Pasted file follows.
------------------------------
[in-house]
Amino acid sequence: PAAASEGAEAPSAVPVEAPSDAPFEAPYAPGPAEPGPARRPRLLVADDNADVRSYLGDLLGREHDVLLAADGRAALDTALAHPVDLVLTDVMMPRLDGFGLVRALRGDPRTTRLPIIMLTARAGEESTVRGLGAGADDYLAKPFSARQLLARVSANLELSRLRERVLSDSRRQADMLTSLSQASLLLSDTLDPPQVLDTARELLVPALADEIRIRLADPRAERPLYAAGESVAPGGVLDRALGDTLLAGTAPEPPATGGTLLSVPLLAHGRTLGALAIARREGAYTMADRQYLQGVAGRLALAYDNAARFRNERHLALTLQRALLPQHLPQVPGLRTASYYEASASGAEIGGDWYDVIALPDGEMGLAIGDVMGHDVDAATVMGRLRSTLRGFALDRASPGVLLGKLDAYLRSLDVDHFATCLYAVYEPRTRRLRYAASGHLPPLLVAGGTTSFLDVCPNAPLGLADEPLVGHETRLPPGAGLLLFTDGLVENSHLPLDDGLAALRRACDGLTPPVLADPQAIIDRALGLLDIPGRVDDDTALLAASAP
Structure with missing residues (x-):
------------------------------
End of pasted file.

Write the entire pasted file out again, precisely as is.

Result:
[in-house]
Amino acid sequence: PAAASEGAEAPSAVPVEAPSDAPFEAPYAPGPAEPGPARRPRLLVADDNADVRSYLGDLLGREHDVLLAADGRAALDTALAHPVDLVLTDVMMPRLDGFGLVRALRGDPRTTRLPIIMLTARAGEESTVRGLGAGADDYLAKPFSARQLLARVSANLELSRLRERVLSDSRRQADMLTSLSQASLLLSDTLDPPQVLDTARELLVPALADEIRIRLADPRAERPLYAAGESVAPGGVLDRALGDTLLAGTAPEPPATGGTLLSVPLLAHGRTLGALAIARREGAYTMADRQYLQGVAGRLALAYDNAARFRNERHLALTLQRALLPQHLPQVPGLRTASYYEASASGAEIGGDWYDVIALPDGEMGLAIGDVMGHDVDAATVMGRLRSTLRGFALDRASPGVLLGKLDAYLRSLDVDHFATCLYAVYEPRTRRLRYAASGHLPPLLVAGGTTSFLDVCPNAPLGLADEPLVGHETRLPPGAGLLLFTDGLVENSHLPLDDGLAALRRACDGLTPPVLADPQAIIDRALGLLDIPGRVDDDTALLAASAP
Structure with missing residues (x-):